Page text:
So what's up?
Dr. Howick would like to point out that people do not respond to the placebo effect because they are gullible or developing symptoms. In fact, the main characteristic of people who respond to placebos is that they are "open to new experiences".
And it goes deeper than that. We know that when you take a placebo and expect a positive result, your body releases morphine-like substances, natural opioids. Now, German researchers have also found that people who respond best to a placebo produce higher levels of certain proteins in their blood, some of which are known to help control inflammation. Chronic inflammation, where the immune system is constantly on alert, is not only linked to conditions such as heart disease and cancer, but also increases chronic pain.
This new study opens up the possibility of a test that shows whether you are likely to respond to a placebo and get its benefits, without the side effects associated with most drugs.
However, don't expect your GP to offer this option anytime soon.
While placebos are usually available in pill form (without active ingredients), some patients have benefited from placebo surgery – a study where they were anesthetized and cut open but the surgeon only sutured them up
This is because, although extensive research shows that placebos have powerful benefits with few side effects, placebos must not routinely deceive their patients. One option that is being investigated is to let patients know that they are only receiving bogus pills.
In my experiment with Dr. Howick, some volunteers decided to keep taking our placebo even after we discovered it was just rice.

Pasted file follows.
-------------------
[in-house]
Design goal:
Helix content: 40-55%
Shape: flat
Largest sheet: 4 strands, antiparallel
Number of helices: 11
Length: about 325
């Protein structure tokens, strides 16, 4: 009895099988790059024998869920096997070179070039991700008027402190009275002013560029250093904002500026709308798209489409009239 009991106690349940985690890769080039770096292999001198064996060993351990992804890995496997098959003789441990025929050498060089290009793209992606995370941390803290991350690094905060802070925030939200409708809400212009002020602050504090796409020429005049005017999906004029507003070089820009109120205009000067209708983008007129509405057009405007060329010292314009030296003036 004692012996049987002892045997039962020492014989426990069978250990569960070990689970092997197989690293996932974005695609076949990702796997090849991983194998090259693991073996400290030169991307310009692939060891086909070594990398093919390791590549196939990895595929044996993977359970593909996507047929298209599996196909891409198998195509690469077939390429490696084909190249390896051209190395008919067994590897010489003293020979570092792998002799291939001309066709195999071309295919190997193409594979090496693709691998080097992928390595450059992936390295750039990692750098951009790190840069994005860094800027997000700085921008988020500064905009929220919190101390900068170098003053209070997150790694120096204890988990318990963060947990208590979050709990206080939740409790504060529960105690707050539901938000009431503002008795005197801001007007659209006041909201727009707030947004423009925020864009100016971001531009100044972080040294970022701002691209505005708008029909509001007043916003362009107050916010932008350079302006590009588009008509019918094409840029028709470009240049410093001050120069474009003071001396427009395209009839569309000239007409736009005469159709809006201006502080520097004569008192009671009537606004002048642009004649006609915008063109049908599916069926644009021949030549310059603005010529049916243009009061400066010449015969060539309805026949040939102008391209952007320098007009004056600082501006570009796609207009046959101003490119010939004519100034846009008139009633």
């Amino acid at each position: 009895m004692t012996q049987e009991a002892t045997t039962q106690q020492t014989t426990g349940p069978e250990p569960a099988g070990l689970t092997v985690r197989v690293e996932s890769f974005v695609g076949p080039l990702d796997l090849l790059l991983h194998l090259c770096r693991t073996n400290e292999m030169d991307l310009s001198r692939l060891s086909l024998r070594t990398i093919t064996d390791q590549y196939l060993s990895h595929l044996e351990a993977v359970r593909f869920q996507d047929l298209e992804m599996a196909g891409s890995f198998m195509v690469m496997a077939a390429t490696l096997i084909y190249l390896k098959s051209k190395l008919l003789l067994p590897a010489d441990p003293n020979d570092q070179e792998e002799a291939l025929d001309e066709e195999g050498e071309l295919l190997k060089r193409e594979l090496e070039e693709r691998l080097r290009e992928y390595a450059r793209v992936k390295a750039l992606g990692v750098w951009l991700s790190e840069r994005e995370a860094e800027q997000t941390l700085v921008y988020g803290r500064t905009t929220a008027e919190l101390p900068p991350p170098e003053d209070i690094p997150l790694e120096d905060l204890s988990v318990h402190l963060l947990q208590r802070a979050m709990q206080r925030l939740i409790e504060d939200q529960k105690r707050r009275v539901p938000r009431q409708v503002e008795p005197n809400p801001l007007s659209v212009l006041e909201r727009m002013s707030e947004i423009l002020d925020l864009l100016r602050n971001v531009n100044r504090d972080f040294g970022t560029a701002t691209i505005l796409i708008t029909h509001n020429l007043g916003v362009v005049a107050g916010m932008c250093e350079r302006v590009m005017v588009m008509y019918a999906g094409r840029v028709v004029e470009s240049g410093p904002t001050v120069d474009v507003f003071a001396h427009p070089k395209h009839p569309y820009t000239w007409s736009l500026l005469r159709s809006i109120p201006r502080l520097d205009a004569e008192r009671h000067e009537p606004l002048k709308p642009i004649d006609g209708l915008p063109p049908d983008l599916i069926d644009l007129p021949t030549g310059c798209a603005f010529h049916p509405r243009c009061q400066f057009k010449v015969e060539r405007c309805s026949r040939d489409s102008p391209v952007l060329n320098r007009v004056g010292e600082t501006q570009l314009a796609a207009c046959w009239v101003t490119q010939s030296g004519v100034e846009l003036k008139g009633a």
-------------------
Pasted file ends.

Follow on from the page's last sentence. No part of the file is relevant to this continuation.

If you want to try using the placebo effect you need a good relationship with your doctor as this has been shown to produce a very powerful effect.
And take a moment before you swallow your next pain reliever. Therefore, when I take acetaminophen for headaches, I always say to myself, "This will really help," because I believe that it will increase the chance that it will work.
Not so fast with the cakes, Uhr-Dieter!
Limited Time Eating (TRE) – also known as "intermittent fasting" – has become very popular, especially with celebrities like Jennifer Aniston. The idea is that limiting your eating to a set time frame will help you lose weight, among other things. A popular approach is to fast 16: 8-16 hours followed by an 8-hour window to eat.
There have been a number of animal and human studies that have shown that TRE is beneficial. A while ago I decided to give it a try. But I found 16: 8 impossible to adhere to, so I went for a more moderate version, 12:12, where I try to stop eating at 8 p.m. and not eat again until after 8 a.m.
I think that keeps me from snacking late at night and helps me keep fit.
But as the Mail reported this week, there was some disappointing news for 16:8 followers. A new US study that enrolled 116 overweight or obese people who were randomly selected to eat normally or to follow the 16: 8 approach found that the fasting group lost just 2 pounds after 12 weeks, just slightly more than the control group.
Both groups ate roughly the same amount of calories, although those doing TRE appear to have consumed less protein, which could explain why they lost more muscle, too.
The moral of this is that when it comes to fasting, longer is not necessarily better.
And what and how much you eat is also important. I'm afraid the calories in cakes and cookies – even if only eaten during an eight-hour meal window – still add up.